Bhima had rushed to where Durdasa was fighting, and Arjuna was trying to reach them; he was very worried about Yudhisthira’s safety. That was how he ran into Bhishma, who blocked his way. This was the first time the doting grandfather and the devoted grandson met after the Pandavas’ return from vanavasa (living in the forest) and ajnatavasa (living incognito). Arjuna paid his respects to him, and in all humility and sincerity prayed to him to use his authority to stop the war. Even after Yudhisthira had decided in favour of war, he was not inclined to fight, more sure than unsure about the immorality of that war. Let us not ask now whether Arjuna had any authority to take any step towards stopping the war, because such questions are meaningless when it comes to peace.
The grand old man expressed helplessness. How would peace be possible with a person who was intent on killing his brothers, and was unconcerned about the adharma of that act, said Bhishma. Therefore instead of thinking of peace with Duryodhana, Arjuna must concentrate on the war and devise a strategy to kill him.
Arjuna was upset. He got down from his chariot and prostrated before him. Bhishma gave him blessings for victory. How could he ever even think of killing him, his grandfather, who with so much loving care had looked after him all along, he asked him. Bhishma said that such feelings were inappropriate at that point of time. If he really did not want to kill his brothers, why did he desire kingdom instead of returning to the forest, he asked. In a family, he continued, there would sometimes be a troublesome person who would bring disgrace and ruin to the family. However, the virtuous would not abandon him, or eliminate him, rather they would find some way to accommodate him. But the wise Pandavas had done the contrary. It was indeed they who had abandoned dharma, coveted kingdom and entered the battlefield against their brothers. If Arjuna was really so fond of his brothers, then he should return to the forest. That would be the acid test of his brotherliness. That would also save the family.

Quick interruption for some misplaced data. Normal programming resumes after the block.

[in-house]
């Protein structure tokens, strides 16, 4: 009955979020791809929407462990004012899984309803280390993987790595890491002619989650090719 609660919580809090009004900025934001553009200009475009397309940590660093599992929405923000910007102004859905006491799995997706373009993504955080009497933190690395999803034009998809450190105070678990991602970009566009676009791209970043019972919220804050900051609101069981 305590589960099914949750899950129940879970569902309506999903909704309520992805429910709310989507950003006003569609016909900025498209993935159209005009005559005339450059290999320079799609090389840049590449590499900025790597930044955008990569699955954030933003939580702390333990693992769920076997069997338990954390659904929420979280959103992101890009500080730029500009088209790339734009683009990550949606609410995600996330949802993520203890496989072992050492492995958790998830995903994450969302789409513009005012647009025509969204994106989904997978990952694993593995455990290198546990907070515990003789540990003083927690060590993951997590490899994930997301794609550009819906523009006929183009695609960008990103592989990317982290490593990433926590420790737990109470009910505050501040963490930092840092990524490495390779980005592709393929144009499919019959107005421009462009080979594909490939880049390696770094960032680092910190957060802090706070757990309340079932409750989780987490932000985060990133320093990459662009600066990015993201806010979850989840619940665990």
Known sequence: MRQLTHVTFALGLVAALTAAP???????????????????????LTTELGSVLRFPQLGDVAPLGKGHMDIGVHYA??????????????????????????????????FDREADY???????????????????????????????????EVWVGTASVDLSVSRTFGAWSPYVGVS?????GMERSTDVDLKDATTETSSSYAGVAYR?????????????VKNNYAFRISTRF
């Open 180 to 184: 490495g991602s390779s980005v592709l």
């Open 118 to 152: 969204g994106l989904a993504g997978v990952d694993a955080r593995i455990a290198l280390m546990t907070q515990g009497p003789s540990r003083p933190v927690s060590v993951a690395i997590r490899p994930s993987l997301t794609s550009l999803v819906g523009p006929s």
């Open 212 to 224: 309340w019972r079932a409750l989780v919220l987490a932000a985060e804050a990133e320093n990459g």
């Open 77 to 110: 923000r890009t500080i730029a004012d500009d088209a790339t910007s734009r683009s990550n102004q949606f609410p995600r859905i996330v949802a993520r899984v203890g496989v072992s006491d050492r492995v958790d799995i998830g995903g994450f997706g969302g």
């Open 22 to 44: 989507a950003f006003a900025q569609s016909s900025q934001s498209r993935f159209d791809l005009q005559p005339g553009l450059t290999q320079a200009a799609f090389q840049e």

This could be seen not merely as his counsel, but an implicit challenge to his grandson to follow the path of dharma. His words were direct and sounded harsh, but those were well-meaning words, and not at all unloving. Those were the words of a deeply hurt, disappointed and helpless family elder. He too didn’t want war! But he knew that war could be averted only if the Pandavas wanted, since they, unlike Duryodhana, understood dharma, and had the courage to live in accordance with it. And he said all this to Arjuna because he knew that he was a sensitive person, and would understand. It didn’t matter to him that he would, in all probability, not be able to accept his challenge, and meet the demands of peace, indeed, of love.
This was the only time Bhishma told a Pandava what he thought about averting the war. Unlike Arjuna, when Yudhisthira came to him on the Kurukshetra battlefield, he didn’t seek his help to stop the war; he only sought his blessings for victory. He had also asked him how he could be out of their way in order that they win, and he had told him what to do on the tenth day of the war to make him give up fighting. In all this talk, the eldest Pandava did not mention peace. It was Arjuna, who brought up the matter.
Incidentally, if Bhishma’s suggestion brings to mind Sakuni’s to Yudhisthira (see the piece “The Last Proposal to Avoid War” in this blog), his views concerning the problem person in the family reminds one of what the wise Bidura had told Dhritarastra about the infant Duryodhana. He had told him that his eldest son would be the cause of the destruction of the entire family; therefore in the larger interest of the family, he should allow him to kill him. Dhritarastra didn’t. Sons hadn’t come easily to him. Destiny had to be cajoled in the form of intervention by Vyasa, and later Durvasa, so that he, destined to be sonless, had sons. That’s a rather longish story, which we might skip. Besides, how could a father allow the killing of his eldest son, who was an infant then, on the basis of a prediction? Bidura’s fears came true of course, but his attitude came under scrutiny after a long time, in a different context. Bhishma’s words can easily be seen as a severe indictment of the Bidura’s thinking.